Early voting for the May 17th state primary elections in Idaho is just weeks away for Canyon and Ada counties.
This is the next opportunity to vote and another looms in six months at the November general election.
I witnessed some of the record turnout for the Idaho Republican presidential primary and the Democrat presidential caucus last month, and I approach the May 17th elections with a mix of optimism and caution.
The optimism is based on the turnout and the passion I saw for the presidential candidates. Instead of just the older, reliable baby boomer generation coming out to vote, I saw multiple generations. As an example, I spoke with numerous 18-year-olds at the caucus who had pledged their all for Bernie Sanders, and young Republicans who worked for a number of the GOP candidates.
Premium content for only $0.99
For the most comprehensive local coverage, subscribe today.
My caution is based on the historical trend and turnout forecast for a May primary: dire to dismal. Just 38 percent of eligible voters in Idaho came out to vote in the November 2014 statewide elections — a new record low, the first time eligible voter participation had slipped below 40 percent for a statewide election in modern times.
Just more than 186,000 got out to cast ballots in the May 2012 primary elections — which is just over 16 percent of eligible voters (those 18 and over). There is no way to sugarcoat this. In the May 1980 primary election — another presidential year — we had nearly double that: 31 percent of eligible voters.
I prefer to believe we hit bottom in recent years and we can find the ladder back to greater participation. To that end, the Statesman will be doing everything it can to engage voters for the 2016 May primary and November general elections.
We are preparing our Online Voter Guide, which will highlight the local, judicial, legislative and federal candidates. We’ll be emailing questions to all of those running in the Treasure Valley and conducting endorsement interviews and producing videos for some of those races — posting all of that as it becomes available. At the top of our list for the primary: the non-partisan Idaho Supreme Court race, and key contested races at the local, state and federal races.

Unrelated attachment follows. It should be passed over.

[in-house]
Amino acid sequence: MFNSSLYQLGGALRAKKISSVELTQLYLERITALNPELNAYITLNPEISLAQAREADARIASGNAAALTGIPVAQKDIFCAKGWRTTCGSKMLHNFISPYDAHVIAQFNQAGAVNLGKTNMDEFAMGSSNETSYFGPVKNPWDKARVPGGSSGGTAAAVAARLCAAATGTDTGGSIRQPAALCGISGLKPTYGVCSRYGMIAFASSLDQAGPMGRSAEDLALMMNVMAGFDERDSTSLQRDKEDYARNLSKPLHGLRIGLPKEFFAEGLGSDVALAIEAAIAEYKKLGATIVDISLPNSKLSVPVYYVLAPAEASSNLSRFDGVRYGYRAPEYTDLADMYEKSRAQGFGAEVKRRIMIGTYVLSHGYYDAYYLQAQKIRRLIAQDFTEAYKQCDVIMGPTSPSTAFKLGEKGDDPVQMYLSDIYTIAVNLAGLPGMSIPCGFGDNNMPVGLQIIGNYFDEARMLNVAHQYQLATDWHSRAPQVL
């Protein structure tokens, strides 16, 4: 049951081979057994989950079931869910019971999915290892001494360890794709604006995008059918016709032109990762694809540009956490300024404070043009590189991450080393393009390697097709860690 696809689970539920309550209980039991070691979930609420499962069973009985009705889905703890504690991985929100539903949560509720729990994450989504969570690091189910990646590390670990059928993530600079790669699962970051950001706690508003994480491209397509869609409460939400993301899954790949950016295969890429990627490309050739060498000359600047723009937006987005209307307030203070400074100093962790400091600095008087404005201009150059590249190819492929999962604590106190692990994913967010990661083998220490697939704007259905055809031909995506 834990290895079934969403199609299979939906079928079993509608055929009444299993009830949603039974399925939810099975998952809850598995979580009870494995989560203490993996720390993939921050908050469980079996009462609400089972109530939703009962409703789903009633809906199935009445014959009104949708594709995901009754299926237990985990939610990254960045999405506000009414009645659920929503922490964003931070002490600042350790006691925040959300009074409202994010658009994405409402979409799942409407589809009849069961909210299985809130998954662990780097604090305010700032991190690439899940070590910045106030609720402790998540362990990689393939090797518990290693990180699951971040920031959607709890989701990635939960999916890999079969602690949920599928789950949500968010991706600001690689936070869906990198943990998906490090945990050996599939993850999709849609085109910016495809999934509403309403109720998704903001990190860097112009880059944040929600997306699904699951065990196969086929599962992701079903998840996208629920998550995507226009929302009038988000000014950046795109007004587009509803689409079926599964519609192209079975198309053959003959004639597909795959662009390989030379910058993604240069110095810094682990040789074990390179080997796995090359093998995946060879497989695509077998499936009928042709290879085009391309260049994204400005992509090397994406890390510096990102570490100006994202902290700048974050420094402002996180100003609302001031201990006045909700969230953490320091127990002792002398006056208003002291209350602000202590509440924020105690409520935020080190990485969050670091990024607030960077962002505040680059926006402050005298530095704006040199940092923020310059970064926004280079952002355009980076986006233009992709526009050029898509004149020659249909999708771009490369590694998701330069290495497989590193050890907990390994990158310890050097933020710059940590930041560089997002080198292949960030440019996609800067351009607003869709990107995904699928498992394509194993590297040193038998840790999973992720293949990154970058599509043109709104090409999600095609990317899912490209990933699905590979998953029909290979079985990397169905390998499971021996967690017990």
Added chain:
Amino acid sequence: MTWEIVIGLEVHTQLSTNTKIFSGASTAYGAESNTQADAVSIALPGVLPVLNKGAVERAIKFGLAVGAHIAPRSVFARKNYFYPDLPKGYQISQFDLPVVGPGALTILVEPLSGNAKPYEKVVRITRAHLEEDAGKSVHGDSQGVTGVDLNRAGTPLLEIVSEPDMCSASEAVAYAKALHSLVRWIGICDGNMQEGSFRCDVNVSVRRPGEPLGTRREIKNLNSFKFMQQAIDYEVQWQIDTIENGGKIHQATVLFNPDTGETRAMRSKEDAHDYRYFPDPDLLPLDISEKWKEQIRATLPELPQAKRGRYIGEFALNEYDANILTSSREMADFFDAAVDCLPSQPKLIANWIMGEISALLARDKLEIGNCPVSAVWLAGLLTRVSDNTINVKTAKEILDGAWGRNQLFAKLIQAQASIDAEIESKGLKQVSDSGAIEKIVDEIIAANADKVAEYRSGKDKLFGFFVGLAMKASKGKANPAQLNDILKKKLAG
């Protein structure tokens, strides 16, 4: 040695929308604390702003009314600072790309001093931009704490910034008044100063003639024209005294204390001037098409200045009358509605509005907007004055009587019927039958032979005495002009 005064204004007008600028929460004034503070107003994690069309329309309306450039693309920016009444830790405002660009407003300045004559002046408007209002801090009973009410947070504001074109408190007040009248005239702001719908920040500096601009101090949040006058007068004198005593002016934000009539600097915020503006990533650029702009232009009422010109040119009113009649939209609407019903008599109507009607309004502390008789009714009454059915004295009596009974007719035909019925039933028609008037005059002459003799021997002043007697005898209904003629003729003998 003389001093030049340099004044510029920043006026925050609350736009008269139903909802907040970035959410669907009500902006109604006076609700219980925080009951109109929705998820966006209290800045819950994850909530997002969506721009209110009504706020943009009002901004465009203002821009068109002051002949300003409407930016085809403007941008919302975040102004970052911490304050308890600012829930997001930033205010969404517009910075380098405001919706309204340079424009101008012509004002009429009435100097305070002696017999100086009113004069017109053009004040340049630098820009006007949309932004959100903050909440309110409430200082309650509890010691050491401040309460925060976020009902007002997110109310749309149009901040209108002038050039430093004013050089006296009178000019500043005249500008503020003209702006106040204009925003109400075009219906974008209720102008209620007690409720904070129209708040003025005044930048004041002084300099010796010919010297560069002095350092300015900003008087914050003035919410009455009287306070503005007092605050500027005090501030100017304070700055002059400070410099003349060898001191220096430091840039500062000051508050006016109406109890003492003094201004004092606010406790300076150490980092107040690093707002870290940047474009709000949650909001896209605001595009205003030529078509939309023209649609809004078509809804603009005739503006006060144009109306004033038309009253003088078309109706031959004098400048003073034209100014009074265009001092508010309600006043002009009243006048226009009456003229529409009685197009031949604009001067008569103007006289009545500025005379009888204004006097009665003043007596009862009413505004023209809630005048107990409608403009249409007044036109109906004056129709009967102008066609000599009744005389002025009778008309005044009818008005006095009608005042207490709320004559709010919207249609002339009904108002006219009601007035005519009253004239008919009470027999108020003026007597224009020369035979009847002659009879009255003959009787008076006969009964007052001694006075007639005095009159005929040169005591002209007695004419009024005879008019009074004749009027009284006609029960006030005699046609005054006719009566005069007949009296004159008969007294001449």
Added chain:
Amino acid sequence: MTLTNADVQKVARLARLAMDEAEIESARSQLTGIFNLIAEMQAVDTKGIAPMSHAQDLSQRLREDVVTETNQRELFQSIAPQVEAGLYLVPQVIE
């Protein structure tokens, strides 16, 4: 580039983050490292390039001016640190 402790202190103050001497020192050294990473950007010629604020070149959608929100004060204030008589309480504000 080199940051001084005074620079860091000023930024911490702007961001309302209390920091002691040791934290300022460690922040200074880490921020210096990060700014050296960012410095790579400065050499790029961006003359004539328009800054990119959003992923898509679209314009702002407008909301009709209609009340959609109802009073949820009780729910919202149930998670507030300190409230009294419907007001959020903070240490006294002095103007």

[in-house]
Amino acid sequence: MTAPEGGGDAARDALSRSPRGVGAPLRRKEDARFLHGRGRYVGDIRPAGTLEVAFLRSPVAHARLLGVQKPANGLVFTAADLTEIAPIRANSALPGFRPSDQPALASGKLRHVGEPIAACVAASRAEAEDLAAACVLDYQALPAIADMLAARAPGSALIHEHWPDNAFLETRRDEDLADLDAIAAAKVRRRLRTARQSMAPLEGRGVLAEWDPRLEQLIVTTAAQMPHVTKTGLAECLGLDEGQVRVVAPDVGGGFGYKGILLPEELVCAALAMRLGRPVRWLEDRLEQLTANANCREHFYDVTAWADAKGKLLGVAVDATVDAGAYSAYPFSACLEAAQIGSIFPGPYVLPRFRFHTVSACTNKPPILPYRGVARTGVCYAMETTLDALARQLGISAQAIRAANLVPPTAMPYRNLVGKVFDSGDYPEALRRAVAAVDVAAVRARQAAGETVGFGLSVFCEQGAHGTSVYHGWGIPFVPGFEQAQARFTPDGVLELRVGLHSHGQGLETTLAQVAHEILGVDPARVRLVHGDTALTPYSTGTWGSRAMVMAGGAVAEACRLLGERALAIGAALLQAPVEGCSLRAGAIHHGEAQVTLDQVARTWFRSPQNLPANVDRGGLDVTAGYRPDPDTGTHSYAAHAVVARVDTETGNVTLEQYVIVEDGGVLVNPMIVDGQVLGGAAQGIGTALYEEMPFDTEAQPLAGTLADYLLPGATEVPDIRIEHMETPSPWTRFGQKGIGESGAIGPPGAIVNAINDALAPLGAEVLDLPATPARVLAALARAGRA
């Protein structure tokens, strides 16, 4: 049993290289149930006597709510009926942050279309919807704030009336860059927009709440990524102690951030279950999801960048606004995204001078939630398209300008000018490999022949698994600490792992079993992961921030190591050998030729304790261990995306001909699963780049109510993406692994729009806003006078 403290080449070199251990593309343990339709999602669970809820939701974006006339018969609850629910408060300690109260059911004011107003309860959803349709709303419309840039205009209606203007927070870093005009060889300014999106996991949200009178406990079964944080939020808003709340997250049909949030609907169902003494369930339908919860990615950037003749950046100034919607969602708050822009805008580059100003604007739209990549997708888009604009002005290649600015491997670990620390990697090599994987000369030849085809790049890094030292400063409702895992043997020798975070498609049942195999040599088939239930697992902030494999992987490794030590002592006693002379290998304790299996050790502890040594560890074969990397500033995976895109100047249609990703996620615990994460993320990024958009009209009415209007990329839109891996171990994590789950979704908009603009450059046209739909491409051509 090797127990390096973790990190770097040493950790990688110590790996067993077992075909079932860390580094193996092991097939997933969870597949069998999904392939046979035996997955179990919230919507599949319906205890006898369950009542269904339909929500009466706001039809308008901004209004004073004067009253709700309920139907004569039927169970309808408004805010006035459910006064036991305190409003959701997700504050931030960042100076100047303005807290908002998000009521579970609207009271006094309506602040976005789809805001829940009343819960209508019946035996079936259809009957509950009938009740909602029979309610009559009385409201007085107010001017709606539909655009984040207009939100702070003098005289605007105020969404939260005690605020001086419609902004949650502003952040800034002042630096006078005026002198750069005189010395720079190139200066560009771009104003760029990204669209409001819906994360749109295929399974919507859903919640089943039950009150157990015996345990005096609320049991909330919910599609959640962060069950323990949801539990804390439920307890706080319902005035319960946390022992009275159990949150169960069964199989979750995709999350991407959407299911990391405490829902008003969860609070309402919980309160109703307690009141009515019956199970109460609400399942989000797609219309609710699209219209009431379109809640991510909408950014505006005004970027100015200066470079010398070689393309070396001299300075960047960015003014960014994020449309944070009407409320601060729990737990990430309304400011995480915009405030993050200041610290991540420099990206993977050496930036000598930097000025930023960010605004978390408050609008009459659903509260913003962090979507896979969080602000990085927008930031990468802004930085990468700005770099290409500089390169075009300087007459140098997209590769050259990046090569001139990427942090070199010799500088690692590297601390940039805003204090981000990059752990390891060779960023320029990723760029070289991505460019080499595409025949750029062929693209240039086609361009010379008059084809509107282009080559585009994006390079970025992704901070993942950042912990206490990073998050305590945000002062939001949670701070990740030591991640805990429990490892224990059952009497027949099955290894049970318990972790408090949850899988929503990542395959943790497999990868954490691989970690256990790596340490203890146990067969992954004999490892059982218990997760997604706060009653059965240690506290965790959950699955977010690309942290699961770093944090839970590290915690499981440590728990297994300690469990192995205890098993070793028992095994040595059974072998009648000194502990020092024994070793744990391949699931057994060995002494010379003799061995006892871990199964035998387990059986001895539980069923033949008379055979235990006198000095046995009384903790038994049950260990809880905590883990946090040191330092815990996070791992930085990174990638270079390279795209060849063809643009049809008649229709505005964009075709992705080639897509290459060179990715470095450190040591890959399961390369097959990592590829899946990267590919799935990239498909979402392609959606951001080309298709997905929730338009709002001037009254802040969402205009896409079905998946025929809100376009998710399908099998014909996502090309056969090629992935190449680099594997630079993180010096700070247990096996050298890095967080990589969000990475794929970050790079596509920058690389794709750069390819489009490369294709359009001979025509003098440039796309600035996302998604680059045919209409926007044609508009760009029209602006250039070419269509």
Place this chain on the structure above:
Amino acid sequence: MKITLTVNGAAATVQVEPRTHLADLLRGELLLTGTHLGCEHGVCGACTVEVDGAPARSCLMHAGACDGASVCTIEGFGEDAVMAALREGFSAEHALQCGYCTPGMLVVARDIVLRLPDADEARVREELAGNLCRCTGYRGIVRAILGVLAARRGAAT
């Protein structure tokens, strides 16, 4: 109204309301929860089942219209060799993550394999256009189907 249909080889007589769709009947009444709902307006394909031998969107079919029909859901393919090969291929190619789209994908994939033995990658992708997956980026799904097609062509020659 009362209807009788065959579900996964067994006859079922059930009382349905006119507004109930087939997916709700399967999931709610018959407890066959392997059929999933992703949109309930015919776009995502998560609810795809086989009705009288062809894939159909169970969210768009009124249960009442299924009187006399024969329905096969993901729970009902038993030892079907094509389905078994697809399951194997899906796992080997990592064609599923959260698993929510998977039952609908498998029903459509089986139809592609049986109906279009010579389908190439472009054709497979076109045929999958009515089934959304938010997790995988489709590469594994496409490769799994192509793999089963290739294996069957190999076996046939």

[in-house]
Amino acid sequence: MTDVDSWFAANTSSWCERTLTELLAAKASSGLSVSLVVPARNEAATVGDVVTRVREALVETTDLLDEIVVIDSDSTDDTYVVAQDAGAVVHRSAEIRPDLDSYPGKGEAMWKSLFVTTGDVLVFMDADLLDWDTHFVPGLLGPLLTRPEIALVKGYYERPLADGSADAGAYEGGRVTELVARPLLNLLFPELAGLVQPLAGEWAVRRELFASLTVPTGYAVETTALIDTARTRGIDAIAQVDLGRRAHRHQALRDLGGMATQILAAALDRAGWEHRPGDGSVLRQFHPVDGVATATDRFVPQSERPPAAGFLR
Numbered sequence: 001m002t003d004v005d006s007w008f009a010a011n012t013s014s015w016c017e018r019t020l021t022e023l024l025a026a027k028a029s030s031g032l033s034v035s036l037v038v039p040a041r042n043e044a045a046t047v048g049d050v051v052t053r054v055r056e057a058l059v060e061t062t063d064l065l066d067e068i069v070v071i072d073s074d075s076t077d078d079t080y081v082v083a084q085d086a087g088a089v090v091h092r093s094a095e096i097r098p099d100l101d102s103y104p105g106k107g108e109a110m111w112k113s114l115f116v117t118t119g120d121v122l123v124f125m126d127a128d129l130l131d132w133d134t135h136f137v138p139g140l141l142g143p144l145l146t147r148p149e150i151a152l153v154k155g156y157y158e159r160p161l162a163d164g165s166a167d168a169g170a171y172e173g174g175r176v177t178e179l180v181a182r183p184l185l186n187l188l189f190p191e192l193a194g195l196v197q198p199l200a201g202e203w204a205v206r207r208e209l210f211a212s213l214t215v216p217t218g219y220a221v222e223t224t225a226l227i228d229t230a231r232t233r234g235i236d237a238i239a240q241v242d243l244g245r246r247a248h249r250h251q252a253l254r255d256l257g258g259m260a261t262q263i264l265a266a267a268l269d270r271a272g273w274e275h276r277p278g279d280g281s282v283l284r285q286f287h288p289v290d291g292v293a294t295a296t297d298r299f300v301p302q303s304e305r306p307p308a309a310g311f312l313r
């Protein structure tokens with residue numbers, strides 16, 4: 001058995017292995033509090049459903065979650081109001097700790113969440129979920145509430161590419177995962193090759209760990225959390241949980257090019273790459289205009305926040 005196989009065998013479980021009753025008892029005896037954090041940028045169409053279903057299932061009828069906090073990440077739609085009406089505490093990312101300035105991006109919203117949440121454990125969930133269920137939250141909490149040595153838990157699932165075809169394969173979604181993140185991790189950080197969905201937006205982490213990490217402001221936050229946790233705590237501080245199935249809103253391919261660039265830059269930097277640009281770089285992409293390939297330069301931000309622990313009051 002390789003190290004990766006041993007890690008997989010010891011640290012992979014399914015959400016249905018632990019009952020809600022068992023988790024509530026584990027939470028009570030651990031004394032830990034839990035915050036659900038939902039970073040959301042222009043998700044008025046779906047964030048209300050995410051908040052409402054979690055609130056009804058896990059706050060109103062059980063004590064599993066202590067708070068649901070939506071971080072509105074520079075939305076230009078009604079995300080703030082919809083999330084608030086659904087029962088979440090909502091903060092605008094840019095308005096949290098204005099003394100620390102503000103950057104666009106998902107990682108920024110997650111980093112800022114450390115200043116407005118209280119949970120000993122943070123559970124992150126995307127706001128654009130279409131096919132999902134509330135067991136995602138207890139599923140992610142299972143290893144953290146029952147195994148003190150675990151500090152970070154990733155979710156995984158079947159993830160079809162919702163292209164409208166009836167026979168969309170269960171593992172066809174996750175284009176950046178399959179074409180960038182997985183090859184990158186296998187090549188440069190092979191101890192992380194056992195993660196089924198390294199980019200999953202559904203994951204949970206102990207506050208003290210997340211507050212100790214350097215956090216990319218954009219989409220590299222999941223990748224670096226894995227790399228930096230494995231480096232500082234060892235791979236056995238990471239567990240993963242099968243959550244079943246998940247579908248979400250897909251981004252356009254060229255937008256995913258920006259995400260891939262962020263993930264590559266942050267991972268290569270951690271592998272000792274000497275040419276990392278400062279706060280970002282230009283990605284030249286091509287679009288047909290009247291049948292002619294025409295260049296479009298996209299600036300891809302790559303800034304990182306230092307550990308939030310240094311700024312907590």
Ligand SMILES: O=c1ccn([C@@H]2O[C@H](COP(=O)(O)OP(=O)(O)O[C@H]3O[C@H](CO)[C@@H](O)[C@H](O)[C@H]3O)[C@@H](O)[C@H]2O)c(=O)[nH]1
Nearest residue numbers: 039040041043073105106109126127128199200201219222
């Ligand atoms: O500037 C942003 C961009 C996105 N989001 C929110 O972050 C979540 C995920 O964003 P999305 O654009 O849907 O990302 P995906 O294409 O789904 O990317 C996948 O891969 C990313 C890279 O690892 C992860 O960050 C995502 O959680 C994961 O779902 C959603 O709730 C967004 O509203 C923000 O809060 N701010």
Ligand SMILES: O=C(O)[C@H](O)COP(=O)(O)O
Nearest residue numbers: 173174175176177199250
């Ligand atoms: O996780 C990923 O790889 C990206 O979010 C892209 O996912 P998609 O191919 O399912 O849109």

We will be doing background checks and asking the candidates why they are running. There will be customized questions for county commissioner, Idaho Supreme Court, legislative and congressional candidates. At the federal level, for example, we want to know the candidate’s positions on immigration, health care, public lands, the national debt and legalizing marijuana.
What questions do you have for primary candidates? At any and all levels? We hope to add them to our questions. In addition, we’d like to know what questions you have for those involved in the recall election underway for the West Ada School District Board of Trustees.
Please share your questions in an email to me — email@example.com — or in the online comments of this column.
For the past few weeks I have been soliciting guest opinions from people in the community who have served in government or held elective office and, like me, share the goal of engaging as many people as possible to vote. Among them are the members of the Idaho Statesman Editorial Board. I will be sharing their perspectives beginning Sunday, April 24.
We would also like to hear from those of you who feel disengaged. Many are so unhappy with the choices for president they may not vote. Others feel their vote no longer counts. If either of these feelings describe you, I’d like to know why you feel this way and what it would take to revive your interest and participation.
Watch for future installments in IDAHO VOTES 2016.